Jun 17, 2001

Mobile Homes for Microbes




African dust that crosses the Atlantic and brings beautiful sunsets to Florida also carries potentially harmful bacteria and fungi, a new study shows.


Marshall Space Flight Center


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June 18, 2001 -- African dust has produced striking sunsets in south Florida for years. But it seems there is more to the dust clouds, which cross the Atlantic during north Africa's annual dry season, than meets the eye. NASA-funded researchers say motes of dust carry stowaway bacteria and fungi that could pose a health risk to people who inhale them.


Right: NASA's SeaWIFS satellite captured this image of Sahara Desert dust swirling westward across the Atlantic Ocean. Image courtesy NASA SeaWiFS Project and ORBIMAGE.

African dust plumes begin their trans-Atlantic journey with storm activity in the Sahara Desert region. The dust, originating from fine particles in the arid topsoil, is transported into the atmosphere by winds and may be carried more than 10,000 feet high. Dust clouds cross the Atlantic Ocean and reach the Caribbean and the Americas in about 5 to 7 days.




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"These dust events are cyclical," says Dale Griffin of the US Geological Survey (USGS), lead author of African Desert Dust in the Caribbean Atmosphere: Microbiology and Public Health, an article that appeared in the June 14th edition of the research journal Aerobiologia. "Studies by other researchers have shown that [each year] from February to April, winds bring an estimated 13 million tons [of dust] to the Northeastern Amazon Basin," he continued. "From June to October the winds shift and typically bring dust to North and Central America and the Caribbean."

During the peak of the dust season in July 2000, the USGS's Virginia Garrison collected daily samples of airborne pollutants and dust on the island of St. John in the Virgin Islands. She sent them to the USGS laboratory in St. Petersburg, FL, for microbial analysis by Griffin. At the same time NASA's space-based Total Ozone Mapping Spectrometer (TOMS) monitored dust moving across the Atlantic. Garrison and Griffin found that microbe levels were high in the air of the Virgin Islands just when TOMS observed dust sweeping in from Africa.

Below: Click on the strip to view a 1.9 MB Quicktime animation that begins with a close-up view of microbe-laden dust and zooms out to view a dust plume crossing the Atlantic Ocean. The strip below shows frames from the animation. The first is a microscopic image of microbes on a dust particle in a dust plume (top image). Each of the subsequent images show how the material looks from approximately factors of 10 farther away. The final frame shows how the plume looks from very high altitude above Earth, demonstrating a common transportation technique for microbes. Credit: NASA


"In the week it takes for North African dust to cross the Atlantic some of the microbes die because of exposure to ultraviolet (UV) rays of the Sun," explains Griffin. "However, microbes in the cracks and crevasses of dust particles may be shielded from UV. We also believe that the upper altitudes of the dust clouds deflect harmful UV rays, shielding microbes at lower altitudes. Additionally, when dust clouds move over open water in lower latitudes, the moderate temperatures and high humidity enhance microbial survival."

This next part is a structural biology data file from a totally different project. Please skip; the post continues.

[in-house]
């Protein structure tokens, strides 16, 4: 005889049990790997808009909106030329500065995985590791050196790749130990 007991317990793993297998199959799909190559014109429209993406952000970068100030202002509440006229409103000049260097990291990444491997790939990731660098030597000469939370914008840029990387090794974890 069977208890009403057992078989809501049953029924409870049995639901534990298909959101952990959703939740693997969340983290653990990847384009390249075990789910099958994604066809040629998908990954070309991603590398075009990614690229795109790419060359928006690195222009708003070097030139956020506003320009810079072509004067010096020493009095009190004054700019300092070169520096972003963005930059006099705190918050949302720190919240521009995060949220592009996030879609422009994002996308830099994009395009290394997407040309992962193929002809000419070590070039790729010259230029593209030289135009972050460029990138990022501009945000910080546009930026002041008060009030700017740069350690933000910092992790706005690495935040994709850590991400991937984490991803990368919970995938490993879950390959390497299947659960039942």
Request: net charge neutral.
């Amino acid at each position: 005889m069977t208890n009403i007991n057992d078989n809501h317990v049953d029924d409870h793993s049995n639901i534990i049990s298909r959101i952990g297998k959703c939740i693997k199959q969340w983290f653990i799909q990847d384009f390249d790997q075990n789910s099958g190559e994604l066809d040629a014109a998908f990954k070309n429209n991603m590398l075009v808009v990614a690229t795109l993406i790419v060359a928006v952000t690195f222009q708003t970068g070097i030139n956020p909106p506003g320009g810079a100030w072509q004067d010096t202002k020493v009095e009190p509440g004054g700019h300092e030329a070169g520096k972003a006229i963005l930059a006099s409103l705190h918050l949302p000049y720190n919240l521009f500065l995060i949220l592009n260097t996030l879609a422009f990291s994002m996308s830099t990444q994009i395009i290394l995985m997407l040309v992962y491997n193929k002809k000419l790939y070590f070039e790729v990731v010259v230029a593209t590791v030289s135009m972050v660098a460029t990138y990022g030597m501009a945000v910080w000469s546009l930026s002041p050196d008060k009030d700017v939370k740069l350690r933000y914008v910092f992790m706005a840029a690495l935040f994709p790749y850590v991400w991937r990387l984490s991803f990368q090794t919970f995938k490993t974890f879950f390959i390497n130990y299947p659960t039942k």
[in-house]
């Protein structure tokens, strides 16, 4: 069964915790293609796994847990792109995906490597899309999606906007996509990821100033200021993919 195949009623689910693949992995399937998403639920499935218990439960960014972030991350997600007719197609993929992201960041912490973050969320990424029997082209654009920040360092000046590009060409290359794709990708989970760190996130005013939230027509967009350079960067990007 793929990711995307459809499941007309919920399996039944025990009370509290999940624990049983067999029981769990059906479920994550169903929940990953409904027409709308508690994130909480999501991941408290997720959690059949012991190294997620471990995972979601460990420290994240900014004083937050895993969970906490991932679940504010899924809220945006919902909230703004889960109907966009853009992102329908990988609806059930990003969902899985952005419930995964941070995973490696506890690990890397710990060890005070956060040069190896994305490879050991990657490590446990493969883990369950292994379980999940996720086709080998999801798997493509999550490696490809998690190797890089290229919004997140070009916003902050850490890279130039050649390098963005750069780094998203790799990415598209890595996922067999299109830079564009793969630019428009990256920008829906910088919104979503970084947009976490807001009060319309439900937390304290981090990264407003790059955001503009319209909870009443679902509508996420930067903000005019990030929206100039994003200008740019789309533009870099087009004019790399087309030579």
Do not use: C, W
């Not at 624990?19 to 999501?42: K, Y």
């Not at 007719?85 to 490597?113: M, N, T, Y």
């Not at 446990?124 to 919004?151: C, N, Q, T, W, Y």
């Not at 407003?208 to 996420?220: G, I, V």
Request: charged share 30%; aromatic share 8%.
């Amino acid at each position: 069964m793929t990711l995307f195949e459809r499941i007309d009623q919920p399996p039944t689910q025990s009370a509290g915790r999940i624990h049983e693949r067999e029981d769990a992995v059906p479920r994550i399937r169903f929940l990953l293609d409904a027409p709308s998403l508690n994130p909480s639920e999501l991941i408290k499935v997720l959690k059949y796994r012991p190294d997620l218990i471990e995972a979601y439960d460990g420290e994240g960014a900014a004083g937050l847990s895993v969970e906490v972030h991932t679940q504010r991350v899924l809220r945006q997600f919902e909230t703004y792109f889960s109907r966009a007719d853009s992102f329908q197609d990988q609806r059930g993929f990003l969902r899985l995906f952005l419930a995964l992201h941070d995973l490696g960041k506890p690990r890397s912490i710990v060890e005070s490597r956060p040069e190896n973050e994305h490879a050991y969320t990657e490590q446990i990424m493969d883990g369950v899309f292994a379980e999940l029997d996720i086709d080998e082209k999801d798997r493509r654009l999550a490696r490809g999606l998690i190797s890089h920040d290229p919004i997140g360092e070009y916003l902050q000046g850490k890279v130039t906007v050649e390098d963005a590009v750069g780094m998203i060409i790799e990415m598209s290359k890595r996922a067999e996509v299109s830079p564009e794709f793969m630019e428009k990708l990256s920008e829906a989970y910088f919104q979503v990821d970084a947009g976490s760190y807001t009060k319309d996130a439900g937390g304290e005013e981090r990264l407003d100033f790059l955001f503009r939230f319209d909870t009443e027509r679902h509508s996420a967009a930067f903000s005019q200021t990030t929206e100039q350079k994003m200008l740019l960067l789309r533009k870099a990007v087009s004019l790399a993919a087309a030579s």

Florida receives more than 50 percent of all microbe-laden African dust that reaches the United States. Over the last 25 years, dust quantities reaching Miami have increased during periods of African drought. The U.S. Environmental Protection Agency says these tiny dust particles can penetrate deep into your airways and react with lung tissue.


Indeed, "the National Institute of Health's National Institute of Allergy and Infectious Diseases identifies airborne dust as the primary source of allergic stress worldwide," says Eugene Shinn of the USGS. In addition to the dust itself, even small concentrations of fungal spores can trigger allergic reactions. A study by M.E. Howitt of the Queen Elizabeth Hospital in Barbados documented a 17-fold increase in asthma attacks in Barbados between 1973 and 1996, corresponding with an increase in African dust transport to that region.


Above: Click to view a 0.8 MB Quicktime animation based on data from NASA's Total Ozone Mapping Spectrometer. The movie shows airborne dust traversing the Atlantic Ocean in July, 2000, at the same time Virginia Garrison (USGS) was monitoring air quality in the Caribbean Virgin Islands. Image Credit: NASA [more]

Not all dust-borne fungi and bacteria are disease producing, say researchers. Microbes that survive the trans-Atlantic journey are bound to be a mixture of harmless microorganisms and potentially troublesome ones. Finding out how many microbes cross the ocean unscathed and what they do when they reach the other side are important questions for future studies.



Dale Griffin, Virginia Garrison, and Eugene Shinn of the U.S. Geological Survey (USGS) and Jay Herman of NASA's Goddard Space Flight Center, Greenbelt, MD, outline their findings in a paper titled "African Desert Dust in the Caribbean Atmosphere: Microbiology and Public Health." The paper was published June 14 in the journal Aerobiologia.

NASA's Earth Science Enterprise Environment and Health Program at Goddard, a cooperative program with local, state, and federal and international institutions funded this research. The initiative uses NASA remote-sensing satellites and other data to investigate the connections between the world's environmental conditions and human health.

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More images and animations: from NASA's Goddard Space Flight Center.

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